ISO "mother sauces" recipes
- BabyLitigator Nov 12, 2005 05:36 PM
So I'm hoping to expand my cooking skills, and was looking for some recipes involving the so-called mother sauces (not just a recipe for the sauces themselves).
I'm reasonably comfortable with Bechamel and Vinaigrette, so looking for the two stock based ones and possibly mayonaise (although never been a mayo fan). Any suggestions?
Your best bet would be to invest in a decent french cookbook that focuses on technique. A good one is La Varenne Pratique by Anne Willan, although personally, I think the section on sauces in Julia Child's Mastering the Art of French Cooking can't be beat.
Otherwise, there are a ton of hits when googling "mother sauces."
If you're specifically interested in French sauces, you _need_ James Peterson's first book "Sauces." (I think it was later supplemented and can't vouch for anything beyond the first edition; hopefully he left that alone and just added additional material.) I don't think his other, later books are anything special, and I don't tend to lavish praise on anything, but it really is a superlative book. (It's largely patterned after Escoffier's work on the subject, but explains in greater detail, since it's not aimed at a professional audience and is more geared toward modern, home kitchens.)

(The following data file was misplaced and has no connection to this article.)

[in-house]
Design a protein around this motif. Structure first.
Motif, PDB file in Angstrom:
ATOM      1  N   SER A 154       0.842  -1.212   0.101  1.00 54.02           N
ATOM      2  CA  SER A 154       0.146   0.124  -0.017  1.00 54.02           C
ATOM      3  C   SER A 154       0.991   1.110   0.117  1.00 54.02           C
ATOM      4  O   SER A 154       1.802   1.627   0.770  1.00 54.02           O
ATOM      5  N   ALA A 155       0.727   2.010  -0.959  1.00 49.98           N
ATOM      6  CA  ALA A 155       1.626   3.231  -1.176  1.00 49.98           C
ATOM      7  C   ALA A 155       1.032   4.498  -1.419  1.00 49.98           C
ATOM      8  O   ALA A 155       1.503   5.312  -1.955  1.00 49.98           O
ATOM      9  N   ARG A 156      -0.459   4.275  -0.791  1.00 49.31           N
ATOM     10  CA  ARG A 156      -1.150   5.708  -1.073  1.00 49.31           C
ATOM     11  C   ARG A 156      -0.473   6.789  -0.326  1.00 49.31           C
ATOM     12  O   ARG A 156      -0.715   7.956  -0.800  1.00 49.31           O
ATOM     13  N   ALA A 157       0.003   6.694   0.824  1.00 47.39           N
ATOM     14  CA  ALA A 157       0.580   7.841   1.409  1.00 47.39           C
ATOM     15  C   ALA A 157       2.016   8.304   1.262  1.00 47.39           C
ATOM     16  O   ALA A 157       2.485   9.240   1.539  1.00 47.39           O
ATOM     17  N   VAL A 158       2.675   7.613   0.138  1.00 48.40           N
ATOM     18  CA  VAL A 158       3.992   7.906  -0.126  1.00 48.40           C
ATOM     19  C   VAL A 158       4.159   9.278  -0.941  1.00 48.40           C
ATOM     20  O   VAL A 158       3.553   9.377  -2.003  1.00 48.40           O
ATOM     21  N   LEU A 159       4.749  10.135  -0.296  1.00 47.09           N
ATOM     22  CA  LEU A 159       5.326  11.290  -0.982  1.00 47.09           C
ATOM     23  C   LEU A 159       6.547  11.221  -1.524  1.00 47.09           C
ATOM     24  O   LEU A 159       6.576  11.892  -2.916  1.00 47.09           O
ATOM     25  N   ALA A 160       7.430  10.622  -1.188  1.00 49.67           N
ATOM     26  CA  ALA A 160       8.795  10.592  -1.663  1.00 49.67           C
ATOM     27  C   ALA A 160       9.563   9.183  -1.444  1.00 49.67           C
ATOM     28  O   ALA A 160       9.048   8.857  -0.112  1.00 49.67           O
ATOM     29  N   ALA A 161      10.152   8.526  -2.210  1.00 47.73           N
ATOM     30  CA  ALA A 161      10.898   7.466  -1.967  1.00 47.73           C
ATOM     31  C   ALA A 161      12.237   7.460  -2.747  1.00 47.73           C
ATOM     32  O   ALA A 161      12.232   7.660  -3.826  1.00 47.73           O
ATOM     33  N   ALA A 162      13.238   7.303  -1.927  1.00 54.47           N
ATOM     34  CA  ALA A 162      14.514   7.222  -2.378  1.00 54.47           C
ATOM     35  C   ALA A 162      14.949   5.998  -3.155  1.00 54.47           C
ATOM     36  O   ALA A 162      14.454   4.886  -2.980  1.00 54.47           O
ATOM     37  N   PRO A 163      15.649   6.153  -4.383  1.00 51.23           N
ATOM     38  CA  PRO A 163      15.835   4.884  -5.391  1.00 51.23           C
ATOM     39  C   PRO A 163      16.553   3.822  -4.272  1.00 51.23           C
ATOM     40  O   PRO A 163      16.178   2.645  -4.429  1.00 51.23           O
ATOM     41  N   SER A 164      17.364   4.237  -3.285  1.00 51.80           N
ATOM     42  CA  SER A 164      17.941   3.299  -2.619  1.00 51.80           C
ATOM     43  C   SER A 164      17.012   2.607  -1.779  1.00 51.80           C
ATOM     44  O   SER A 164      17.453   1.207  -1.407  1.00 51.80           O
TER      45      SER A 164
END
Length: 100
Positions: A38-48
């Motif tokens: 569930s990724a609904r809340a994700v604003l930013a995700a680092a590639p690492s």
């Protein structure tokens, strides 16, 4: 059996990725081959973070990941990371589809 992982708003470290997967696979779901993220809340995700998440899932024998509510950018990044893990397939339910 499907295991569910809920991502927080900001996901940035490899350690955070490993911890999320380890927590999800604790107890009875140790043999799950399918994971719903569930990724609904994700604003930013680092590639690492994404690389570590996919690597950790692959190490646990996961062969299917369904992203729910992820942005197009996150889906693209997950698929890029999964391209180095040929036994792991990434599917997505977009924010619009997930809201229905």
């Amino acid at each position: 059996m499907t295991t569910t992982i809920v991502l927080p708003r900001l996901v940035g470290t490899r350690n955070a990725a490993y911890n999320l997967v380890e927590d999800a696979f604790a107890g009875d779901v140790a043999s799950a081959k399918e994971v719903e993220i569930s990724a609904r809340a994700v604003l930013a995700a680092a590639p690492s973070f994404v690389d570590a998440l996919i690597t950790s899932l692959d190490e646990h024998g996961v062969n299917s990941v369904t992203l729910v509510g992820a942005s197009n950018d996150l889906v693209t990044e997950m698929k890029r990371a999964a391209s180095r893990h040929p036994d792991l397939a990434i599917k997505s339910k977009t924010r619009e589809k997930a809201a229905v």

not many replies here. Usually mother sauces are not used as is-they are modded into daughter or derivatives-of course there are exceptions; hollandaise, bechamel, tomato used straight up. Vinaigrette and mayo are not mother sauces btw.
You need to know how to make em before you f" with em i.e. modern demi vs traditional vs espagnole, roux vs reduction and so on.Petersons book would work well for the home cook as said. Or look into the CIA's Pro Chef(sauces and a whole lot more ;). Madeleine Kamman devotes a fair amount of her book to "new" saucemaking in "Making of a Cook"-highly recommended by me ;).
Good luck, a sauce is an integral part of a dish in classical cooking and make it or break it.